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Chicago to Raise Minimum Wage to $13/Hour

December 6, 2014

The Chicago City Council voted overwhelmingly on December 2 to raise the city’s minimum wage to $13 an hour by mid-2019.

The wage-increase plan had been endorsed by Mayor Rahm Emanuel (D). Just five out of the City Council’s 50 members voted against the plan.

The plan establishes a gradual increase for the city’s minimum wage. Currently set at $8.25, the minimum wage in Illinois, Chicago’s minimum wage will reach $10 an hour next July, then increase each year by increments of 50 cents or $1 until reaching $13. Future increases will be tied to the national inflation rate.

City officials say that more than 400,000 Chicago residents currently earn less than $13 an hour.

These residents likely include many direct-care workers. In Illinois, median wages for each of the three main direct-care jobs (personal care aides, home health aides, and nursing assistants) were all well under $13 an hour in 2013.

“A higher minimum wage is a necessary step in helping direct-care workers achieve financial security and making these jobs more attractive,” said Tameshia Bridges Mansfield, PHI Midwest program and policy manager.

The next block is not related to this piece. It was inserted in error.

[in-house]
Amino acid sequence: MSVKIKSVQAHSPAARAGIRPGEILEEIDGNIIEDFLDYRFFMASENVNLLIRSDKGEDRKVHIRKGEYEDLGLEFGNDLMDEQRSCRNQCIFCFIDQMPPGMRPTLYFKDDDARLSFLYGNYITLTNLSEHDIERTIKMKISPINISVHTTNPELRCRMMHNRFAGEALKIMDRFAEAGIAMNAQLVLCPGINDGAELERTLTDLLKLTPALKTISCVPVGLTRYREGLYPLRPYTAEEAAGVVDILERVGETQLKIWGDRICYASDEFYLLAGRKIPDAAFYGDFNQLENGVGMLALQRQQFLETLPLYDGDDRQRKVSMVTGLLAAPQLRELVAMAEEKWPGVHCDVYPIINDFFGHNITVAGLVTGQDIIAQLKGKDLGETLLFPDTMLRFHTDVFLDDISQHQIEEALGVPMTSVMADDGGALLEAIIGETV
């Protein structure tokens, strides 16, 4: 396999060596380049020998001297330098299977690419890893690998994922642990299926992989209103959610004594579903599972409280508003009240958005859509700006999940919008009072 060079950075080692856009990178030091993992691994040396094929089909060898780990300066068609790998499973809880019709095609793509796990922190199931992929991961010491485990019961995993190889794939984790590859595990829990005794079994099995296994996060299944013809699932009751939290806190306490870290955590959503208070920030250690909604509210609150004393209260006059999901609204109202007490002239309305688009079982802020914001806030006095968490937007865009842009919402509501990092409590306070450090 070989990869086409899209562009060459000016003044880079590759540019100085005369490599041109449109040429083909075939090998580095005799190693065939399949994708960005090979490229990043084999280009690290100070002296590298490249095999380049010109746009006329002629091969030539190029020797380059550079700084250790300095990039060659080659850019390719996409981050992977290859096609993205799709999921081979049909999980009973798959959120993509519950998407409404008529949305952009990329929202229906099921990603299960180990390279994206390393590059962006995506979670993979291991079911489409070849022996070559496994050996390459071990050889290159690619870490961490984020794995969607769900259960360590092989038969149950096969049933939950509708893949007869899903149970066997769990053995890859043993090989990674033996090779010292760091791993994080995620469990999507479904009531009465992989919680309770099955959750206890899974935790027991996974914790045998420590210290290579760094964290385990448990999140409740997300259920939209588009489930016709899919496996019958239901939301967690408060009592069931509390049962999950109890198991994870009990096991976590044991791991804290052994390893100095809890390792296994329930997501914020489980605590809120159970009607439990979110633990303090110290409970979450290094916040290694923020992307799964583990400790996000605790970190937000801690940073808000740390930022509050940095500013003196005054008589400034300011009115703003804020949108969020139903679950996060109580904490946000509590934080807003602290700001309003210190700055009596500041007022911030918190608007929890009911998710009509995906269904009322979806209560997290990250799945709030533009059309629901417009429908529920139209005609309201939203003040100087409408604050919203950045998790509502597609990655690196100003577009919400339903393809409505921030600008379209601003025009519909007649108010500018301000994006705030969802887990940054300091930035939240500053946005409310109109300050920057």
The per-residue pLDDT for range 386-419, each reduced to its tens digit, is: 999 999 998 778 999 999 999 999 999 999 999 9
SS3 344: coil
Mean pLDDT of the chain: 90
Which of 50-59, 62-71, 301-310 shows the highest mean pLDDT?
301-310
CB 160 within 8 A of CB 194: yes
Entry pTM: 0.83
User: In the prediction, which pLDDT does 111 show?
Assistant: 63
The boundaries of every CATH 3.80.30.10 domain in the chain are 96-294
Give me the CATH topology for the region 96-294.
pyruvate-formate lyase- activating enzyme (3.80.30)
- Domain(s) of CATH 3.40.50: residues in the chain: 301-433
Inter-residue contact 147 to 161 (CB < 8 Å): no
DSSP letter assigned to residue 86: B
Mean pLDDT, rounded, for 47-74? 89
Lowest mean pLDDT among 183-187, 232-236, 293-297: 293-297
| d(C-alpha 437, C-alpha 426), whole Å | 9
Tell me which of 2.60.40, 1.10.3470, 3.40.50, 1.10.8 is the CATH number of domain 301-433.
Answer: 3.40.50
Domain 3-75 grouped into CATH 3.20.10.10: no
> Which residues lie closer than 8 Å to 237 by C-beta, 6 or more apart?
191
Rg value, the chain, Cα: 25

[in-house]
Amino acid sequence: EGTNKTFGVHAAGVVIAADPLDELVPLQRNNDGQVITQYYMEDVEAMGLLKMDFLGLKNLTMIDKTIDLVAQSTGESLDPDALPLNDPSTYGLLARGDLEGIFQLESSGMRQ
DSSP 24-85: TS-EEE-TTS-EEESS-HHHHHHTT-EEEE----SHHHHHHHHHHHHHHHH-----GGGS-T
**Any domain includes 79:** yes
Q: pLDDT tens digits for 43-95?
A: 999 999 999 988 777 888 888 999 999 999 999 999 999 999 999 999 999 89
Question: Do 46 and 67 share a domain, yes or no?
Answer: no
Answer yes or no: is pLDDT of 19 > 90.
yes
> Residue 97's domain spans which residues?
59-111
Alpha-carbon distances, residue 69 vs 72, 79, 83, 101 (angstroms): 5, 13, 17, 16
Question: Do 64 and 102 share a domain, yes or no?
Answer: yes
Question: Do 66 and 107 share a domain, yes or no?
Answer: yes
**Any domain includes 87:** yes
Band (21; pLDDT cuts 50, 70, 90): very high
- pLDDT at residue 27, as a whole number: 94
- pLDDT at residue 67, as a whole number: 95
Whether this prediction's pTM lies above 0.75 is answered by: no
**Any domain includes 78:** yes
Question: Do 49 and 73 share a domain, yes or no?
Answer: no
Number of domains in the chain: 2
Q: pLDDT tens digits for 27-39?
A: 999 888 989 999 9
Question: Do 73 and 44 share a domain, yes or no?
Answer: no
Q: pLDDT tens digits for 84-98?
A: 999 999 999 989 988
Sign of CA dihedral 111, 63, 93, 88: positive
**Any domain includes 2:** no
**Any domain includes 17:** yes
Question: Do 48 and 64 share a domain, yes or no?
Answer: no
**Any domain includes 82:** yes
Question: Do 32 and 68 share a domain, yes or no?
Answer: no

“It is also important that the Medicaid-funded providers that employ these workers have reimbursement rates that are sufficient for them to raise the wage and not compromise services to elders and people with disabilities,” she adds.

Minimum Wage Hikes a Growing Trend

Chicago is one of several major cities to substantially raise its minimum wage in 2014. In June, Seattle passed a law that will boost its minimum to $15 an hour by 2021.

In the November midterm elections, voters in San Francisco and Oakland approved ballot measures that will raise the minimum hourly wages to $15 and $12.25, respectively.

Also during the November elections, Illinois voters approved a nonbinding resolution calling on the state to increase its minimum wage from $8.25.

An effort to pass legislation that would establish an $11 an hour minimum wage in Illinois “stalled” on December 2, the Associated Press reported.

— by Matthew Ozga

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